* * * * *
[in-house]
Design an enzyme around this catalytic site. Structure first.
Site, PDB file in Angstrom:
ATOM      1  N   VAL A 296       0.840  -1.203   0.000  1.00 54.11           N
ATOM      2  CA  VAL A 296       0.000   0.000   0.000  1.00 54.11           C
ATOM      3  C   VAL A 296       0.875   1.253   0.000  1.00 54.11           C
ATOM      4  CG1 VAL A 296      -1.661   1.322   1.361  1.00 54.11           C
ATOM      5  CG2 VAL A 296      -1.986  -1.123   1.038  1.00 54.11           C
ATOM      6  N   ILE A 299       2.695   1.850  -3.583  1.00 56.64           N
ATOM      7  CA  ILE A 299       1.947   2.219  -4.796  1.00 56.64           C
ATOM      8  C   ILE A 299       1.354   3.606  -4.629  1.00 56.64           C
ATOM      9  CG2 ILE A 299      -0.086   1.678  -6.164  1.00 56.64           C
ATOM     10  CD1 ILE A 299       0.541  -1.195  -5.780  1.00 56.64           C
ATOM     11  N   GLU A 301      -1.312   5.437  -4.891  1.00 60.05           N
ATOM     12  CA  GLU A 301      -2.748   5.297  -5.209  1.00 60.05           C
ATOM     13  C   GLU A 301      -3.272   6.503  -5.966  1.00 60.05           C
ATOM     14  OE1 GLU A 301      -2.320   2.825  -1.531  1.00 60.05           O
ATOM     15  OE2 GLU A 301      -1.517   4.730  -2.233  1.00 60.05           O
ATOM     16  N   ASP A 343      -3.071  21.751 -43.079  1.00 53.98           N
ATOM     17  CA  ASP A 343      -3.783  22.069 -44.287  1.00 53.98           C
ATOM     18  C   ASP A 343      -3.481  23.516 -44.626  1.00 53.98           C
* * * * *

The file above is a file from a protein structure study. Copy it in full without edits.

[in-house]
Design an enzyme around this catalytic site. Structure first.
Site, PDB file in Angstrom:
ATOM      1  N   VAL A 296       0.840  -1.203   0.000  1.00 54.11           N
ATOM      2  CA  VAL A 296       0.000   0.000   0.000  1.00 54.11           C
ATOM      3  C   VAL A 296       0.875   1.253   0.000  1.00 54.11           C
ATOM      4  CG1 VAL A 296      -1.661   1.322   1.361  1.00 54.11           C
ATOM      5  CG2 VAL A 296      -1.986  -1.123   1.038  1.00 54.11           C
ATOM      6  N   ILE A 299       2.695   1.850  -3.583  1.00 56.64           N
ATOM      7  CA  ILE A 299       1.947   2.219  -4.796  1.00 56.64           C
ATOM      8  C   ILE A 299       1.354   3.606  -4.629  1.00 56.64           C
ATOM      9  CG2 ILE A 299      -0.086   1.678  -6.164  1.00 56.64           C
ATOM     10  CD1 ILE A 299       0.541  -1.195  -5.780  1.00 56.64           C
ATOM     11  N   GLU A 301      -1.312   5.437  -4.891  1.00 60.05           N
ATOM     12  CA  GLU A 301      -2.748   5.297  -5.209  1.00 60.05           C
ATOM     13  C   GLU A 301      -3.272   6.503  -5.966  1.00 60.05           C
ATOM     14  OE1 GLU A 301      -2.320   2.825  -1.531  1.00 60.05           O
ATOM     15  OE2 GLU A 301      -1.517   4.730  -2.233  1.00 60.05           O
ATOM     16  N   ASP A 343      -3.071  21.751 -43.079  1.00 53.98           N
ATOM     17  CA  ASP A 343      -3.783  22.069 -44.287  1.00 53.98           C
ATOM     18  C   ASP A 343      -3.481  23.516 -44.626  1.00 53.98           C